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Murphy was an optimist, and so am I

I have been enjoying the ongoing discussion of my blog entry about the importance of paying attention to what the climate experts are telling us. Some people have accused me (courteously) of presenting a picture of “doom and gloom.” It made me think of my optimistic interpretation of “Murphy’s Law.”

In response to one anonymous poster, who noted that Leonardo DiCapria raised the issue on Oprah but then credited me with citing more reliable sources, I responded with the following, repeated here verbatim. (You may want to click the above link to the previous post for full context.)

I certainly don’t rely on what celebrities say on TV talk shows.

I do rely on credible scientists reporting analysis in peer-reviewed journals and then speaking in public forums so that the scientific conclusions are available to voters and policy-makers. The most significant scientific dispute I have seen about the data for 2005 is that perhaps it is not significantly warmer than the previous record setter, 1998. I’m not an authority on how good records have been in the past, but scientists who measure such things as global average temperatures always report uncertainties and don’t claim records unless the differences are statistically significant. The consider all kinds of variations, including limits to the instruments, the selection of sites in the datasets, changes in urbanization, etc. In short, they consider everything that reasonable people might use to discredit their conclusions.

Even with all that, the conclusions are remarkable. I am drawing this from memory, so it may be slightly off, but I think it is true that five of the ten warmest years of the twentieth century came in the 1990s, and the years since then have continued the pattern.

I believe it is irresponsible for people to distort or obfuscate the value of the emerging scientific consensus just because they have ideological or economic reasons to advocate the status quo. It allows people to indulge in wishful thinking instead of facing the real possibility of problems ahead.

Your message seems more like wishful thinking than ideology, but don’t tell me I’m predicting gloom and doom because I think we need to face what science is revealing to us. I’m an optimist, and I have confidence that we can understand this problem and figure out the best way to deal with it. I’m against gloom and doom, which is why I favor paying attention to possible problems and acting to avoid them.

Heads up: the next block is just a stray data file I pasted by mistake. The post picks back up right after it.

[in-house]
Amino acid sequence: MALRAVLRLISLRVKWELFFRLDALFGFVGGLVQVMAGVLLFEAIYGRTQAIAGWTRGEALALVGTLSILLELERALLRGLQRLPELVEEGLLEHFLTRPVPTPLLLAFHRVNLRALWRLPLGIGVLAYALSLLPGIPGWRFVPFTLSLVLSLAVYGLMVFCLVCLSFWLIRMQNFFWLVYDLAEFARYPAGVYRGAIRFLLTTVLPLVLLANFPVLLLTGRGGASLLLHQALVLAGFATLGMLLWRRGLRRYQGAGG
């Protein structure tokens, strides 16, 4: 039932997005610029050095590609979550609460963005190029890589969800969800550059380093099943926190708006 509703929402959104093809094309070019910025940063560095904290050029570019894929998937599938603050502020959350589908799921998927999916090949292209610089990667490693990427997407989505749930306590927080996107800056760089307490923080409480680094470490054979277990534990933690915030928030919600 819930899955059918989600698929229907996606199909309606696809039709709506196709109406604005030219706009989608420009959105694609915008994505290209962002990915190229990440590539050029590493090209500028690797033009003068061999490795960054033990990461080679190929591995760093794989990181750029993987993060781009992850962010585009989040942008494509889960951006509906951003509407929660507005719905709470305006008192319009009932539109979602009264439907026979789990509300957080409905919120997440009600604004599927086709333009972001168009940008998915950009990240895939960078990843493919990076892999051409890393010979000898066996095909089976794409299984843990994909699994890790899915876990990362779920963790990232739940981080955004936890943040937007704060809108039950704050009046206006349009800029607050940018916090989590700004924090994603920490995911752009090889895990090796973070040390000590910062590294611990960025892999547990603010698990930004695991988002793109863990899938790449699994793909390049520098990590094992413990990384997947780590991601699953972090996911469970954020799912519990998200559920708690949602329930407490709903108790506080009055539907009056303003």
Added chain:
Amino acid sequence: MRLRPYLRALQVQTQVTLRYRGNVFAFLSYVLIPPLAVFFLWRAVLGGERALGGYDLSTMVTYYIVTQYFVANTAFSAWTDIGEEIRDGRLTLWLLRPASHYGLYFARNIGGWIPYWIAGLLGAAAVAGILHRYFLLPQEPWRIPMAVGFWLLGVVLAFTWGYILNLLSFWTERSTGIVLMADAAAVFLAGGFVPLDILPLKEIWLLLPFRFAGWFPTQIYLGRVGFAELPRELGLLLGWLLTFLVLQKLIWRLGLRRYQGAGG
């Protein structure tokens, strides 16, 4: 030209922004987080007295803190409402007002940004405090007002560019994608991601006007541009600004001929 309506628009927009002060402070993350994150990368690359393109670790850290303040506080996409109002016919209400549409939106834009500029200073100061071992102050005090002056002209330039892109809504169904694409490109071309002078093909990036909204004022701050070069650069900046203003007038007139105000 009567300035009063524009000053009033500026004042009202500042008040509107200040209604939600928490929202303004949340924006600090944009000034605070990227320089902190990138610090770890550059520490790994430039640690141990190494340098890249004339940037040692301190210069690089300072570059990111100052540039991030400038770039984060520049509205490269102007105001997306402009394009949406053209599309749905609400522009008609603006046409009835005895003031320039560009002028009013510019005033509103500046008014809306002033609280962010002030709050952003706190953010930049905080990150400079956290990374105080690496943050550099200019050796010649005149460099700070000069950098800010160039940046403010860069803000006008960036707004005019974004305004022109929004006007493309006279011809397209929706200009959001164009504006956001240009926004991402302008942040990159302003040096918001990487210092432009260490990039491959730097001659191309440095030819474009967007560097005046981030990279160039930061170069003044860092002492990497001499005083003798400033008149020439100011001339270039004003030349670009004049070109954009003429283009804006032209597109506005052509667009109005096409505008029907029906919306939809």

To get a sense of my attitude, read my book for young readers entitled Catastrophe! Great Engineering Failure–and Success, a Selector’s Choice on the National Science Teachers Association list of Outstanding Science Trade Books for Children for 1996. When I sign the book, I usually include this message: “Respect the power of failure–and succeed!” I’d say that’s a message of confidence in the future, not doom and gloom.

The book begins with the true story behind “Murphy’s Law,” which, when interpreted according to the original Murphy is that you can succeed by paying attention to what may go wrong and addressing it. What can go wrong will go wrong — unless you act to avoid it.

As far as considering the past interglacial period, the current conclusions are pointing to dramatically faster changes in global climate in recent years than at any times in Earth’s history, except for periods around “tipping points.” That’s what experts are beginning to say.

As a non-expert but a voter who is concerned about the future of our nation and the world, this is what I want my government to know: The signs of failure are beginning to appear, so it’s time to respect what the data are telling us and act accordingly. Catastrophes are not inevitable if we pay attention to the warning signs.




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